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Arduino + Thermal Printers (Sparkfun, IBM 4160-TF6)

I've always wanted to print my own receipts... devious activities come to mind; but the following usage of receipt printers is nothing sinister at all. My goal is to print out activities for trains on the layout; certain locations will have a new reporting mechanism!

I'd seen a few printers on eBay, most being USB. Serial was always to be my preferred method and I had the components on hand. I then saw the Thermal Printer at Sparkfun and decided that it'd be my first guinea pig.

Sparkfun Thermal Printer

The Sparkfun themal printer is, like most of their products, targetted at the Arduino. Thanks to this there is a wealth of information on their page on how to connect and use it. After hooking up a proper power supply (they recommend 9v @ 2Amps, so use a 7809 with a heatsink!) the printer just started spewing out whatever I threw at it.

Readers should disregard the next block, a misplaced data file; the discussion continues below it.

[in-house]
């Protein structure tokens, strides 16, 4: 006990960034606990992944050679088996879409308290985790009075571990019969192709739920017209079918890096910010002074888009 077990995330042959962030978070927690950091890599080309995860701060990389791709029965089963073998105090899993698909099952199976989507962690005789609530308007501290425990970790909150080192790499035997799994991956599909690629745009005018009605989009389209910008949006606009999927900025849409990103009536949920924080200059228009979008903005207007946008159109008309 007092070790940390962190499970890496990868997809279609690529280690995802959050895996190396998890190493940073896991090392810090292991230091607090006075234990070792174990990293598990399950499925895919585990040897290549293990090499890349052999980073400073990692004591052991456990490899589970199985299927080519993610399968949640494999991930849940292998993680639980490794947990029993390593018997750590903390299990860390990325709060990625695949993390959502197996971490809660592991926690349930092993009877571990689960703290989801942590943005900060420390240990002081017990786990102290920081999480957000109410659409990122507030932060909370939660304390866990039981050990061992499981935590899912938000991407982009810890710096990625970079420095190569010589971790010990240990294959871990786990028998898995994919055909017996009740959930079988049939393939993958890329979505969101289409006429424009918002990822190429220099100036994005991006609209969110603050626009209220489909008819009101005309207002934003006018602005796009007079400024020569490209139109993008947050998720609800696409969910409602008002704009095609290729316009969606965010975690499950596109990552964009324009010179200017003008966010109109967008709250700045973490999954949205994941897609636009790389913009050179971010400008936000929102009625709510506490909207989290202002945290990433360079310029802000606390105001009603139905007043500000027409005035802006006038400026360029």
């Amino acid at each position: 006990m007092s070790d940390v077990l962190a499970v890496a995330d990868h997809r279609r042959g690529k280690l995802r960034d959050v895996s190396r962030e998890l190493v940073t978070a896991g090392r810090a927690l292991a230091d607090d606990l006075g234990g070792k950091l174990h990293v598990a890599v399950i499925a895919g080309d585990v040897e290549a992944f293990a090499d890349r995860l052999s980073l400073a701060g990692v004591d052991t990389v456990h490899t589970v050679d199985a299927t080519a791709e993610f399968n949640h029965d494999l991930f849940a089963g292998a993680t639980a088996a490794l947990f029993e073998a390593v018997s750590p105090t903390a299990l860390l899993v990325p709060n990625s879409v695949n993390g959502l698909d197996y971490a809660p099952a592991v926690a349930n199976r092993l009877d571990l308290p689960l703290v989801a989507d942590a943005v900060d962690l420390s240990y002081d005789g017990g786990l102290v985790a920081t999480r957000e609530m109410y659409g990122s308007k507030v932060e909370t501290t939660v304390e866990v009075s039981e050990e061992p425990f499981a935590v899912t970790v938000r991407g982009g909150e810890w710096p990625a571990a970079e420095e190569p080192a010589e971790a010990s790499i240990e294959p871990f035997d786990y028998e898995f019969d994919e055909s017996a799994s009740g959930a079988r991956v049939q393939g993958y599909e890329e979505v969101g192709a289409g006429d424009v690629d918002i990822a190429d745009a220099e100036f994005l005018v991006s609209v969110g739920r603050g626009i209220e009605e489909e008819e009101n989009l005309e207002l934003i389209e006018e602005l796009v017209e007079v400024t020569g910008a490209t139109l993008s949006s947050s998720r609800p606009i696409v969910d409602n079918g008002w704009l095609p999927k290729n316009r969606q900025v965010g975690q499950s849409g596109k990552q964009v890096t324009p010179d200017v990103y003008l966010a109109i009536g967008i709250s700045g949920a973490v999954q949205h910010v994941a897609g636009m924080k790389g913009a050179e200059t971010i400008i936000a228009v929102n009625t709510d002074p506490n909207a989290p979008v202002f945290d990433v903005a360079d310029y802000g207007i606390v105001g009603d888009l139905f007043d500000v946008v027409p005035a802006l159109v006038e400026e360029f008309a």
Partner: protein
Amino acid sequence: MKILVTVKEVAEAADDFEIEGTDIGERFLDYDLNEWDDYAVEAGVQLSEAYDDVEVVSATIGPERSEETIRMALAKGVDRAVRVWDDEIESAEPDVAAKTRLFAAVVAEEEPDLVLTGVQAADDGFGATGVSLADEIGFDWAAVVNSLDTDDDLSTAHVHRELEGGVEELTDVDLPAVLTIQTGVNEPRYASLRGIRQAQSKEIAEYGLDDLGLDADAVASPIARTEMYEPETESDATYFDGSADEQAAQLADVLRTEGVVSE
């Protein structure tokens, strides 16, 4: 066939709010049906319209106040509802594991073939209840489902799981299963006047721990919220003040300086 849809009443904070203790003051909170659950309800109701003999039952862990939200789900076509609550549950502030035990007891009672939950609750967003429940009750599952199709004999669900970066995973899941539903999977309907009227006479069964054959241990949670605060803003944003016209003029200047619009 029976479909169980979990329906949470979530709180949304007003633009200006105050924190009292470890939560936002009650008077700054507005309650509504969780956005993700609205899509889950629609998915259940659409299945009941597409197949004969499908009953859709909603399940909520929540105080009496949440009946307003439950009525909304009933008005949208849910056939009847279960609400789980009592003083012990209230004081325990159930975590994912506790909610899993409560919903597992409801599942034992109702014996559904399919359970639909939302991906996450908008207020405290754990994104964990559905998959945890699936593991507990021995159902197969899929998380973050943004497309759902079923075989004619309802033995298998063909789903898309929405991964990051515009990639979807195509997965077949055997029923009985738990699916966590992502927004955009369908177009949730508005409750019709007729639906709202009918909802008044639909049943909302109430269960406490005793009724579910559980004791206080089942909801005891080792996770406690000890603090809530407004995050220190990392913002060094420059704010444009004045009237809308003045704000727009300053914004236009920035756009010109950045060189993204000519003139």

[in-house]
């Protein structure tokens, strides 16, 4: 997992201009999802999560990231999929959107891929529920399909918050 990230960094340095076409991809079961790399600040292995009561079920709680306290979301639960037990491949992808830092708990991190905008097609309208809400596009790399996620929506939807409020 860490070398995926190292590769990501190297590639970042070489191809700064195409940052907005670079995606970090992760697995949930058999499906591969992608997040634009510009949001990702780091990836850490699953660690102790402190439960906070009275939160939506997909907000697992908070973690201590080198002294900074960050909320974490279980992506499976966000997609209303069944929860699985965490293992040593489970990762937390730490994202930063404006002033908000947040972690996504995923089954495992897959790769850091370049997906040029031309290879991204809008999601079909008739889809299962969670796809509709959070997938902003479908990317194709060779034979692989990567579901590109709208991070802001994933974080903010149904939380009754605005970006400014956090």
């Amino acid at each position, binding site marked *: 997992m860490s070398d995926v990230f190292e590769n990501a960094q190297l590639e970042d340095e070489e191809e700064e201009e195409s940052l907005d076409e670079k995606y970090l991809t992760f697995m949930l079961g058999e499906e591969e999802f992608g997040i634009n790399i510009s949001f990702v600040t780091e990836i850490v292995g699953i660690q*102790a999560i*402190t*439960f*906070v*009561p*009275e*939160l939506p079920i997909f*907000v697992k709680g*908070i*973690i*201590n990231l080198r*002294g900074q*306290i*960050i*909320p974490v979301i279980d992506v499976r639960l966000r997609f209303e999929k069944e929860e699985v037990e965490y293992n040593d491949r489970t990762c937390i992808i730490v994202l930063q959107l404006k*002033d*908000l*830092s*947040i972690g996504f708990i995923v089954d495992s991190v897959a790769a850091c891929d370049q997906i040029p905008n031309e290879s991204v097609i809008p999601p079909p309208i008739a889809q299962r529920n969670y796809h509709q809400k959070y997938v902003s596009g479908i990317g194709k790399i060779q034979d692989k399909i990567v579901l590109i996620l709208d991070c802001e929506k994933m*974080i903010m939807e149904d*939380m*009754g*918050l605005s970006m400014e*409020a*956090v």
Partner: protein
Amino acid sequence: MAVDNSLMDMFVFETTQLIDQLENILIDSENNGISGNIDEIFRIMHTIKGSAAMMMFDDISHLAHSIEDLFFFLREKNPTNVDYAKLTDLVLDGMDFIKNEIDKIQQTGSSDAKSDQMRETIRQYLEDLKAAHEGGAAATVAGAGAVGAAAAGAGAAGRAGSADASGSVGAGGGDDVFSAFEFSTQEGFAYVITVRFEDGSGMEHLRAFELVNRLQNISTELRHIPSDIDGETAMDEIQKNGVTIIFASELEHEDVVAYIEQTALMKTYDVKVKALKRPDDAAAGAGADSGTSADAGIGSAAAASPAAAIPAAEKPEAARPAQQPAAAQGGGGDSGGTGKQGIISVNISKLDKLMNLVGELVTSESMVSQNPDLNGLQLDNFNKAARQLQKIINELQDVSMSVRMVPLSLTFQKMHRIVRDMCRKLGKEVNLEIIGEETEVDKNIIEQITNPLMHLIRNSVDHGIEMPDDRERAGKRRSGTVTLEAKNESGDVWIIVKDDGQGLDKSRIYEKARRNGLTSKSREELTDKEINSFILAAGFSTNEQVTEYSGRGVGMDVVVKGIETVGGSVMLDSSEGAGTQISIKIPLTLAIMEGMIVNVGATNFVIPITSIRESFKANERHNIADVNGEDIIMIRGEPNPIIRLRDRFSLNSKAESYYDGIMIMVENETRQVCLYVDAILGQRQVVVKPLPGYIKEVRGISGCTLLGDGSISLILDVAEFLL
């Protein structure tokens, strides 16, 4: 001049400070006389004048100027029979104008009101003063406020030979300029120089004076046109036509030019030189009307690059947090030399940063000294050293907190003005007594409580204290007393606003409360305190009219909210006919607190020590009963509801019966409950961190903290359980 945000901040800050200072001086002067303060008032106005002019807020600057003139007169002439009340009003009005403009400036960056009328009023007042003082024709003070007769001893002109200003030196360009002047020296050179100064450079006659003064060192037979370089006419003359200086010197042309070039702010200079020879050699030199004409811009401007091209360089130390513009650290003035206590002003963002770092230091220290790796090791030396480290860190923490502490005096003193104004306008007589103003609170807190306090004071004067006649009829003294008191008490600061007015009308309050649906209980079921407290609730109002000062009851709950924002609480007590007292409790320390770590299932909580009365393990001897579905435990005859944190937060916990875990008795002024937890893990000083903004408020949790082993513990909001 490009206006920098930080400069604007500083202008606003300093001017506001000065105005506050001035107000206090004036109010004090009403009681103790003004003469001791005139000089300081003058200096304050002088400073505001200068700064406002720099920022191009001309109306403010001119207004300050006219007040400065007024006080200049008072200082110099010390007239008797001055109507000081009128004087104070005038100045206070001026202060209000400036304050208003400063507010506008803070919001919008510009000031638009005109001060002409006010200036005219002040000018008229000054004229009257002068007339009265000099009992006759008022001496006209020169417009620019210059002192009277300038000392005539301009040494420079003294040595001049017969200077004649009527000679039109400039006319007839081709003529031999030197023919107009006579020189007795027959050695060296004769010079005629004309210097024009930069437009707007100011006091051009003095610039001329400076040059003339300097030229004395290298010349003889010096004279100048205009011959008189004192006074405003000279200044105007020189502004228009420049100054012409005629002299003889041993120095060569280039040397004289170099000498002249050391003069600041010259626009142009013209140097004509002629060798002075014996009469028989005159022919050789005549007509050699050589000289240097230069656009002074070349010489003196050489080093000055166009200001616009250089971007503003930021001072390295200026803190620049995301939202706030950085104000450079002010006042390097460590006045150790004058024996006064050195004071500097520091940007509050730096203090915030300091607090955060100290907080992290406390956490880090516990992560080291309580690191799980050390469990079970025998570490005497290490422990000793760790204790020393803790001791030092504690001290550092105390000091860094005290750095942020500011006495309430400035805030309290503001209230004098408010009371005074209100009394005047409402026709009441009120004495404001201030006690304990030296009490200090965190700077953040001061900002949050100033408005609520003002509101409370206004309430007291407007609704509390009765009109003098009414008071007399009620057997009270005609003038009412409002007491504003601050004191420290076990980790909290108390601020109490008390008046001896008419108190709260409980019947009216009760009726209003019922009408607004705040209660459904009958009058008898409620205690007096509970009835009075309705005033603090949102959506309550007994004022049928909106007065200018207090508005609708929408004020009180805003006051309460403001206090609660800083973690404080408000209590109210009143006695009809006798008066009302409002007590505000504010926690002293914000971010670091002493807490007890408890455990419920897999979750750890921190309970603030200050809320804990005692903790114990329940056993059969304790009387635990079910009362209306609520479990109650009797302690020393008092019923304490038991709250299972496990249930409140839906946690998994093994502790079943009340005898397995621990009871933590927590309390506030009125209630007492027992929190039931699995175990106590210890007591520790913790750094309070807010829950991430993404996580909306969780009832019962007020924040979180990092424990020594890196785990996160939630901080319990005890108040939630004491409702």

Sparkfun Thermal Printer

The easiest way to use this is via the library found here: Displaying on Paper – Thermal Printer + Arduino. is actually a really cool site full of interesting projects for the Arduino, check it out when you can!

There's a forum for discussing the above library, in which I've already posted my praises to the developer. If you need a hand then go over and ask away... they're always open to feedback and improvements to the library too!

Note that this printer uses small rolls of 58mm paper. I found a 10-pack of these at OfficeWorks (Australia) for AUD$9.95.

IBM 4610-TF6 (on Windows)

I'd finally found a dirt cheap printer on eBay that was RS-232. It was a chunky/retro IBM thermal printer and really was just a larger, more robust version of the Sparkfun thermal printer above. It didn't come with a power supply and, after purchasing, I realised that it wanted 38v! What the hell? It seems that the 'thermal' side of it uses a lot of current to burn the paper! It also wanted 3 AMPS at 38v... where the hell would I find that?

Split open IBM SureMark 4610-TF6 Bypassing the power socket 58mm paper output!